Open to letter to Linda Jackson, CEO of Peugeot.


Looking at Opportunities for Sustainability in Rubber

Sustainable Natural Rubber- Pathways, Policies and Partnerships is being held from 24-26 September 2019 hosted by Rainforest Alliance, Mighty Earth, Einhorn Products, Prince of Songkla University, and Earth Net Foundation, Thailand. RSVP here!

Over a decade ago, when I started working with coconut farmers in Ban Krut, Prachuab Khiri Khan, Thailand to develop an organic coconut value chain, many of these farmers also grew rubber. Despite the work on organic coconut, there was no interest or discussion about sustainable or organic rubber. It didn't seem to merit any interest at the time, in part because rubber is not eaten, and also because it needs to be processed with chemicals to yield rubber-based products such as tires and wetsuits.

Today looks very different than 10 years ago. Many key business stakeholders are beginning to understand the need for sustainability in rubber and are adapting their sourcing policies to address this in their supply chains. The newly established Global Platform for Sustainable Natural Rubber is evidence of this and has brought together the largest number of actors from this sector so far. However, end users outside of the tire industry as well as rubber farmers and tappers remain missing voices in the platform. There are other mechanisms today for sustainable rubber as well. Thai organic coconut farmers who also grow rubber can have their latex certified as part of the “Fair Rubber” initiative. The Forest Stewardship Council® (FSC) has taken an early lead in sustainable rubber certification by actively working to engage market players.

These policies and platforms reflect a growing trend of leaders in sustainability looking deeper into their purchasing and supply chains—and this demand is coming from all sides. Consumers want to know more about the brands and products they choose: what it is, where it comes from, and the impact that it has on our planet and its people. Research shows that companies that demonstrate and communicate sustainability leadership in new areas have a clear market advantage, along with other benefits such as secure supply chain, engaged employees, and stakeholder confidence.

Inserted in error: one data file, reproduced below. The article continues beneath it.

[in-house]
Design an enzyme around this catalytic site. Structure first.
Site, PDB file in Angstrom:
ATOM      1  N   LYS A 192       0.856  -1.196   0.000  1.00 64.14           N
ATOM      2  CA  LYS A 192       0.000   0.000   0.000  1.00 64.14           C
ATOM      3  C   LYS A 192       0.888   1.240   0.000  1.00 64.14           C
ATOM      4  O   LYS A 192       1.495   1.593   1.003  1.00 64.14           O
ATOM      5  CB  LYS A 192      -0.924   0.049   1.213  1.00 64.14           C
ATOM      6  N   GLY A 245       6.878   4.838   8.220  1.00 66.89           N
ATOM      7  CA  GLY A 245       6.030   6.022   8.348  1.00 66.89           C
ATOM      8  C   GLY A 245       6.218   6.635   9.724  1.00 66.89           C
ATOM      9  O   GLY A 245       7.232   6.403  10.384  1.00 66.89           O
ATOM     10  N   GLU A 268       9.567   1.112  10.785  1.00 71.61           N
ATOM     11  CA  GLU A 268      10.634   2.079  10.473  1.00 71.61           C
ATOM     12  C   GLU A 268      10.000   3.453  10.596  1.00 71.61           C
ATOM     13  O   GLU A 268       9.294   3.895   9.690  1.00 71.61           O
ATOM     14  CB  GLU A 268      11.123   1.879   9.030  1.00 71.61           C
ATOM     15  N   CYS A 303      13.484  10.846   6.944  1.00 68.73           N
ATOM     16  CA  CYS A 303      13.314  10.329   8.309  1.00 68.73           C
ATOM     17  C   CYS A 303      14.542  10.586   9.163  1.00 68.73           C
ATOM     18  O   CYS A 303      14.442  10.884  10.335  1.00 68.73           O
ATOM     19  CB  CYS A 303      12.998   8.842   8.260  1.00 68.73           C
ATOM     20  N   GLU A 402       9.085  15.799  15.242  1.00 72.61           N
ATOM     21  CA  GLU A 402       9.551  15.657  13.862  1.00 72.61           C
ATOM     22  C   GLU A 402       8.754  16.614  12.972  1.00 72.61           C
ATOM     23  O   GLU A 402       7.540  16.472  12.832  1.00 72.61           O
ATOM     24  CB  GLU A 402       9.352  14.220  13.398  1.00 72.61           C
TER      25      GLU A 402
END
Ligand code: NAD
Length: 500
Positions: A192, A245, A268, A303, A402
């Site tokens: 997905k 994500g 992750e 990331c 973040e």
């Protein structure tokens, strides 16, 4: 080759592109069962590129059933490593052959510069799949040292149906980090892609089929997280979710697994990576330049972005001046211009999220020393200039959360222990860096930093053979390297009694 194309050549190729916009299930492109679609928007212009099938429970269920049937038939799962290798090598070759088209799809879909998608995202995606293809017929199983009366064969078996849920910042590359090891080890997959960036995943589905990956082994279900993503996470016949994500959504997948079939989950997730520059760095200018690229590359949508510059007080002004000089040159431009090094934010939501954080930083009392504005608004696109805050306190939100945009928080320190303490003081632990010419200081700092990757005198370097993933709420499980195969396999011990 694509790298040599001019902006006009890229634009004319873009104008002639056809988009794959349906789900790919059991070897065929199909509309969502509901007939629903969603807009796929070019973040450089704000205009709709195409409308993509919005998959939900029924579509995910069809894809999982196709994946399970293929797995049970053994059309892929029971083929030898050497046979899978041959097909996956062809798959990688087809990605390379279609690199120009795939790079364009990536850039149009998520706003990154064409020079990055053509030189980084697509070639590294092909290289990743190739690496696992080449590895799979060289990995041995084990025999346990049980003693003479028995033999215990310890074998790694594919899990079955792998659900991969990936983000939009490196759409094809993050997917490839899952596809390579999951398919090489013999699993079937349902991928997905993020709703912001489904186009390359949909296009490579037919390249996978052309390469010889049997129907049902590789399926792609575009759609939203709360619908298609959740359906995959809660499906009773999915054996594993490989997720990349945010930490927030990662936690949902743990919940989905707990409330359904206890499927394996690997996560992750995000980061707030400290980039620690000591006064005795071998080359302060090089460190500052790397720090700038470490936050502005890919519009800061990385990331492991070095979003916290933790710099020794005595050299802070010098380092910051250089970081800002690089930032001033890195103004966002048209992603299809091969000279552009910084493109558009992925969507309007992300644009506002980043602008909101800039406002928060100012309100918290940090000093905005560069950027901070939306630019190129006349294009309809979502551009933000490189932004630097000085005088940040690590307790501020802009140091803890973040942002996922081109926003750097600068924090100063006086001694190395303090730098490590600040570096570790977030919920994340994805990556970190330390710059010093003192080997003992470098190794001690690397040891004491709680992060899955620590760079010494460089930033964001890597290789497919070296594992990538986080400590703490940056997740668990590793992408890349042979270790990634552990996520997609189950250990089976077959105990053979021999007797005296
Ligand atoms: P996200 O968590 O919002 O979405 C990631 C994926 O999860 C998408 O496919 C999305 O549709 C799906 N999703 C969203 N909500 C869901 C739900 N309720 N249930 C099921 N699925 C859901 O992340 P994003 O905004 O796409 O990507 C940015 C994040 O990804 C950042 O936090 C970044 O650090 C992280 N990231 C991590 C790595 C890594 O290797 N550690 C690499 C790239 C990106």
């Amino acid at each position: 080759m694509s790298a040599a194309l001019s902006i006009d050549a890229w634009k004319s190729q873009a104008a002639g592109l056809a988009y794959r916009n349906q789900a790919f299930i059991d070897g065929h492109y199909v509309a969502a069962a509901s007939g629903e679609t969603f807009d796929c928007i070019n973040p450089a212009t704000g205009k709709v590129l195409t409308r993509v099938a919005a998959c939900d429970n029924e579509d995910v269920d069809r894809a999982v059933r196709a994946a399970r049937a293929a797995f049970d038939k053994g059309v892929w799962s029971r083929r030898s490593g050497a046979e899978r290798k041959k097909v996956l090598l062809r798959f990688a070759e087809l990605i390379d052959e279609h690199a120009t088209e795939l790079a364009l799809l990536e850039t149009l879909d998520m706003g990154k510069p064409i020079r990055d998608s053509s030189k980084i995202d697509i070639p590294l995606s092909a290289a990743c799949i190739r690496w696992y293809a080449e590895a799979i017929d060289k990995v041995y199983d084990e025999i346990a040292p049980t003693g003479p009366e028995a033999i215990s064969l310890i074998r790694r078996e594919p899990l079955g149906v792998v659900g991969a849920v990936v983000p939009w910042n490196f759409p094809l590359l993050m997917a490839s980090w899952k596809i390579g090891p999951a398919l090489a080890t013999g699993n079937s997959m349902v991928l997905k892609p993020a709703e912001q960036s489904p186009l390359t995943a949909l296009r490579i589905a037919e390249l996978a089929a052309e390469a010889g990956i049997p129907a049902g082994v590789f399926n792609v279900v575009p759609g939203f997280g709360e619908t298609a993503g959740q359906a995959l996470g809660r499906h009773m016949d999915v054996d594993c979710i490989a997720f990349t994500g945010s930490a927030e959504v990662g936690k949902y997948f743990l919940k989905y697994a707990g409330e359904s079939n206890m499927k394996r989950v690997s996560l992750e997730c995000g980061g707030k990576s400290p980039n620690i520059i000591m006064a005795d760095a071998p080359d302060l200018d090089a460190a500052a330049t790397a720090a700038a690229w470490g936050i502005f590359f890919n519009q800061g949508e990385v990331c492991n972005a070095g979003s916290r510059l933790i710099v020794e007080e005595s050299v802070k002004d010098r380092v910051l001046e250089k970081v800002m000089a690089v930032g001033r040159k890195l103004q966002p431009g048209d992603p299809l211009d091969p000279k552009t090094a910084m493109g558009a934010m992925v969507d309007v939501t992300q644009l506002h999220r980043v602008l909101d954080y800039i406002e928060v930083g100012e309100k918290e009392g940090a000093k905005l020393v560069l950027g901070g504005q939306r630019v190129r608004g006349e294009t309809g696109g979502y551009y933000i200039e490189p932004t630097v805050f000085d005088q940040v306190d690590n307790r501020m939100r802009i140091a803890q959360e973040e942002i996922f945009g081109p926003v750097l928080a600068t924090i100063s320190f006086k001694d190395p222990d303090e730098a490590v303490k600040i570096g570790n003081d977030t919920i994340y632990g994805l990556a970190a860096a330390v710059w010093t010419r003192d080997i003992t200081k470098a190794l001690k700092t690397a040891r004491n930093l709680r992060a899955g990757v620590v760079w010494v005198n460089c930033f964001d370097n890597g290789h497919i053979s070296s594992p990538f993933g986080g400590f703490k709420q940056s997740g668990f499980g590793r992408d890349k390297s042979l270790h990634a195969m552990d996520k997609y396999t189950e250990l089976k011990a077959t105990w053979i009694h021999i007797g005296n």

This growing interest in more sustainable agricultural and forestry supply chains represents a massive opportunity for positive impact on communities, local watersheds, biodiversity, and national economies. Across commodities, agriculture effects massive areas of land. For rubber alone, over 14 million hectares are cultivated, and there are millions of associated farmers and laborers.

Unless we can link investment in sustainable practices with demand from responsible markets, it is difficult to move toward sustainability or achieve certification. Farmers, particularly small-scale farmers, are on the economic edge, usually laden with substantial debts and facing the constant risks of poor yields and low prices, either of which could lead to failure and bankruptcy. Even without a significant shift in practices, achieving certification adds a cost in time, training, and resources. If major shifts in practices are also needed, this requires an even greater investment and effort.

Much of the initial focus has been on preventing additional deforestation, similar to efforts with oil palm, and these commitments are critically important. However, with low rubber prices in the market for several years now, pressure to clear more land for rubber has been reduced. As such, it is also critically important to look at the management of rubber lands and practices that support biodiversity, watershed and soil health, and carbon sequestration. This must be done alongside consideration of the economics of the supply chain and developing goals that ensure farmers realize financial stability and improved livelihoods through rubber cultivation, regardless of fluctuations in the market and price.